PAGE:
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Sustainable Project of the Year: Winner

Morgan Sindall – The Enterprise Centre, University of East Anglia

Morgan Sindall’s Enterprise Centre was the real stand-out project for the judges within this year’s Sustainable Project shortlist.

From design through to construction, it was clear that sustainability was at the heart of everything the contractor did and this was reflected in an outstanding final project.

Having been given an extremely challenging and highly technical brief, Morgan Sindall demonstrated its commitment to ensuring the development benefited the local supply chain and local material suppliers.

From the sourcing of local wood from nearby Thetford forest to the use of 25-year-old reclaimed oak from a local timber yard, the contractor went to great lengths to boost the local economy.

More than 200 local jobs were created and for every £1 spent, £1.24 was injected back into local industry.

From foundations to facades, the judges described the Enterprise Centre as clearly one of the greenest projects ever delivered in the UK, underlined by the achievement of both Passivhaus and a BREAAM Outstanding rating of 90 per cent.

“A great project with a challenging brief for Morgan Sindall, which has really thought about how to get local suppliers on board”

Judges’ comment

The project recycled 100 per cent of the sand it used in the concrete, lab desks installed 50 years ago were repurposed for the building’s exterior, and even recycled newspapers were applied as insulation for the building.

The project was close to 100 per cent waste-free, with only 0.6 per cent of the building’s waste being sent to landfill.

This commitment to recycled materials was coupled with the innovative techniques applied on the project, which the panel recognised for their contributions to reducing emissions throughout the lifecycle of the building.

Successfully deploying local thatchers to wrap the buildings with locally sourced straw also drew high praise.

The work was carried out to exceptional health and safety standards, with tens of thousands of worker-hours undertaken without accident.

Despite the level of innovation on this project and the scope for possible complications, the centre kept to its £11.6m budget and completed ahead of schedule.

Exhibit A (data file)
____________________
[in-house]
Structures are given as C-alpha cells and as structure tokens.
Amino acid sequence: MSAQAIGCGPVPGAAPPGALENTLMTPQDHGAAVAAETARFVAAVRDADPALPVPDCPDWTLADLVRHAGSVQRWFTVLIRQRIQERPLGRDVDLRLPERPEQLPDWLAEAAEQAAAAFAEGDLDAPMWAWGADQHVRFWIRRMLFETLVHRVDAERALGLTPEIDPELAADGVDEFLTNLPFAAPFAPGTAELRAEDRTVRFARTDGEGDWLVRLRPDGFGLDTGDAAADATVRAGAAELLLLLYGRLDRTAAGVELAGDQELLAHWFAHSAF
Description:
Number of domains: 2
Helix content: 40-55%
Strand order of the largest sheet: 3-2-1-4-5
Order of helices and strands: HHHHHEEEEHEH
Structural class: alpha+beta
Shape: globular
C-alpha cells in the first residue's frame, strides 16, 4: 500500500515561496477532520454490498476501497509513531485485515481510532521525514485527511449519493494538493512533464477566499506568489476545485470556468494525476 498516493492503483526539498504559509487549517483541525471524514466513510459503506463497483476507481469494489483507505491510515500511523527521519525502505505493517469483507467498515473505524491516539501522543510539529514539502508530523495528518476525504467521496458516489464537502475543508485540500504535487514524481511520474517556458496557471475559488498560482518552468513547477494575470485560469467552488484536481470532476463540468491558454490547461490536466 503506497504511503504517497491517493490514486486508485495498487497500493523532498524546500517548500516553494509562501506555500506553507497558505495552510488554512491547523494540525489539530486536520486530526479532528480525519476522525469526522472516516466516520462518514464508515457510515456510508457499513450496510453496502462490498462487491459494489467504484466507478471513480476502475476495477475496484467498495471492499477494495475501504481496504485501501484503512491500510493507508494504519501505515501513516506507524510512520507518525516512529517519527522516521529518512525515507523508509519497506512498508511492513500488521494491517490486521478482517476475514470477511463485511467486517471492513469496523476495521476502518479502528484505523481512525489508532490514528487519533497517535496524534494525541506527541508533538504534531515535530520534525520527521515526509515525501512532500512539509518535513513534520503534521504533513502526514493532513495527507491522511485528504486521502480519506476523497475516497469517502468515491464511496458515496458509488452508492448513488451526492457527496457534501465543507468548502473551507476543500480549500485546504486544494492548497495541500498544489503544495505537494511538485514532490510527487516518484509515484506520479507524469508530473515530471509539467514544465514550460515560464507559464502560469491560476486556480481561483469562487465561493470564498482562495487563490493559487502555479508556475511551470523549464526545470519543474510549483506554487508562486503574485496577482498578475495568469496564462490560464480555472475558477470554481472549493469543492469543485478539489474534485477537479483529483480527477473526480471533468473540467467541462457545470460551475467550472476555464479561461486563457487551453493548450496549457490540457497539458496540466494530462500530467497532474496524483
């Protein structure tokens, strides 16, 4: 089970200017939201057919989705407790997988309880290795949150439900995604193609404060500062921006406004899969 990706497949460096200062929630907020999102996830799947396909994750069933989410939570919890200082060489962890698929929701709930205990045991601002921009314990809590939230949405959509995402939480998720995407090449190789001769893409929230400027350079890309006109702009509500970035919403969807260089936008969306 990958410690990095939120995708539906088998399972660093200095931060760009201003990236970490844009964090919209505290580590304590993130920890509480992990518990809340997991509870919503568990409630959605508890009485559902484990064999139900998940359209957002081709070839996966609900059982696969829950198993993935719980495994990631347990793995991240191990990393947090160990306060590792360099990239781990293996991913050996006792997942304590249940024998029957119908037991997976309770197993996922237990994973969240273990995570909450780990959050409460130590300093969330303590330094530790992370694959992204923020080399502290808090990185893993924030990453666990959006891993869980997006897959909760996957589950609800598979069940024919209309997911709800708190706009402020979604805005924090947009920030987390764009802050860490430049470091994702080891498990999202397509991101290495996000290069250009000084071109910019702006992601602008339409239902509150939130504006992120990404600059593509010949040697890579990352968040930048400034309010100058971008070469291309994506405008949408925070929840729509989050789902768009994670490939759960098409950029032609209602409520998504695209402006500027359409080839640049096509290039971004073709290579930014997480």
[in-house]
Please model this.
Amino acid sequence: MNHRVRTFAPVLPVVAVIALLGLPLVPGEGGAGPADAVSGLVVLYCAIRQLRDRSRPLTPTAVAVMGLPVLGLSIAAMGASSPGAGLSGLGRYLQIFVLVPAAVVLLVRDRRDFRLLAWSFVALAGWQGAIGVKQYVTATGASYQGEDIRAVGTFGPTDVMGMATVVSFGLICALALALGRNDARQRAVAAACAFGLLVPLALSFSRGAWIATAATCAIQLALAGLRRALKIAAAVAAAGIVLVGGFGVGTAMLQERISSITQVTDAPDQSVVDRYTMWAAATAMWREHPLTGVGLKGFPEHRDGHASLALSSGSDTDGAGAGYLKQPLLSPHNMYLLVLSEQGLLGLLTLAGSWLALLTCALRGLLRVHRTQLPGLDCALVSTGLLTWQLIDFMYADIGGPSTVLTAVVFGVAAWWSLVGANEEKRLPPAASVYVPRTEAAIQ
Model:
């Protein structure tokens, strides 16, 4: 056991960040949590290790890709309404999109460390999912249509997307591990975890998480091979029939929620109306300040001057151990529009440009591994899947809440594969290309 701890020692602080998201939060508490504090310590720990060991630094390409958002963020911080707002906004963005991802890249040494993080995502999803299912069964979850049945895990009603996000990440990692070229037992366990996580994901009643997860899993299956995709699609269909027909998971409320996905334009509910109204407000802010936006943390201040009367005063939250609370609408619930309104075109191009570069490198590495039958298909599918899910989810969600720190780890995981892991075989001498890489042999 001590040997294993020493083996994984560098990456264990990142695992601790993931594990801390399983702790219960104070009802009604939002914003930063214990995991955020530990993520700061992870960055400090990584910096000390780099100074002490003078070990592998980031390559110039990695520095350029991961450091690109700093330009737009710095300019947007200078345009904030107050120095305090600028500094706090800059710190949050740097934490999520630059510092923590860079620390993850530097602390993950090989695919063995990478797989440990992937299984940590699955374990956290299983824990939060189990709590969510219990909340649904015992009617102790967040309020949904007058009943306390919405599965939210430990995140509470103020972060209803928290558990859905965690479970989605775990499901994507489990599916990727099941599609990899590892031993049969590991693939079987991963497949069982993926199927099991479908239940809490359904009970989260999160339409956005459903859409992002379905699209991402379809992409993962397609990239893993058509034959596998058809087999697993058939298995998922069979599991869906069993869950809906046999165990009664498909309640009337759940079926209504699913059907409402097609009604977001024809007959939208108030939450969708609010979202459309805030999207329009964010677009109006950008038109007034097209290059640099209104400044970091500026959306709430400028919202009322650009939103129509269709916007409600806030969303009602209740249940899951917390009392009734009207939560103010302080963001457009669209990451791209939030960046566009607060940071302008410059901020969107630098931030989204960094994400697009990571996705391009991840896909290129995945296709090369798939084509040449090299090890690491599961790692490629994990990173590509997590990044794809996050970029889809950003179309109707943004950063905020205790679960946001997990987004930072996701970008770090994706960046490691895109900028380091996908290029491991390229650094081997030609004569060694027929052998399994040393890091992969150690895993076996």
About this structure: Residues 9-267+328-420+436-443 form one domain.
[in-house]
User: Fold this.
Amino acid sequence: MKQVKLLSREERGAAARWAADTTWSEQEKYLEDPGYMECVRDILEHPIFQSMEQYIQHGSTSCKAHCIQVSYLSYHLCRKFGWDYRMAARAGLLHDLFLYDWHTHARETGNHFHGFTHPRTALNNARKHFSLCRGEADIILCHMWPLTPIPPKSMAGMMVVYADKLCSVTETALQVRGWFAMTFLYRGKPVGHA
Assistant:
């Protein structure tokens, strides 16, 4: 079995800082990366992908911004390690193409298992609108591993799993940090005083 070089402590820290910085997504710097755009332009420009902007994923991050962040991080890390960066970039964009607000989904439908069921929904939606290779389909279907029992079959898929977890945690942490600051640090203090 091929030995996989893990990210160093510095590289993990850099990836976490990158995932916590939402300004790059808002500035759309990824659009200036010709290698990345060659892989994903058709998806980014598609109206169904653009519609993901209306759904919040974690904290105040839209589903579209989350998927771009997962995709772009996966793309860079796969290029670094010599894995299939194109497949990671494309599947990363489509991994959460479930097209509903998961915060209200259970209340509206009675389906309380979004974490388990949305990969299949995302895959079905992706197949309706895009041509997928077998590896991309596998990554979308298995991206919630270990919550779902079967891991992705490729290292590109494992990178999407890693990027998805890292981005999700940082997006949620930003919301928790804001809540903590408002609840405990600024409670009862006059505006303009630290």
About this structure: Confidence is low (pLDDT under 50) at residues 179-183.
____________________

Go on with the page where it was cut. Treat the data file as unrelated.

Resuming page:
The judges said this was particularly impressive in the university sector, where a large number of stakeholders needed to be accommodated and satisfied.

Morgan Sindall pushed the boundaries of sustainable delivery, the judges added, resulting in a truly outstanding project.

Highly commended: Lendlease – Cobalt Place

The judges described Cobalt Place as a legacy project proving that CLT could be a crucial material of the future.

Using this sustainable and easily constructible material on a project of this size was bound to interest developers, the panel added.

Lendlease’s commitment to sustainability did not stop at construction, with a 25 per cent reduction in carbon and water use forecast for the life of the building.

The fact this was completed in 12 months and accident-free also drew commendation.

The judges said Cobalt Place represented a fine example of social sustainability, creating a lasting legacy by creating local jobs as well as leaving behind a new school.


  • Arup Associates with Mace – Believe in Better Building 
  • Bam Nuttall – Wallasea Wild Coast Project Phase I
  • CNIM Clugston (Leeds) – Leeds Recycling and Energy Recovery Facility
  • John Sisk & Son – 7 Air Street
  • South Tyneside Council, Northumbrian Water, MWH, Esh Construction – Fellgate Surface Water Management
  • Willmott Dixon Interiors – The University of Brighton, Cockcroft Building 
  • WRW Construction – Burry Port Community Primary School

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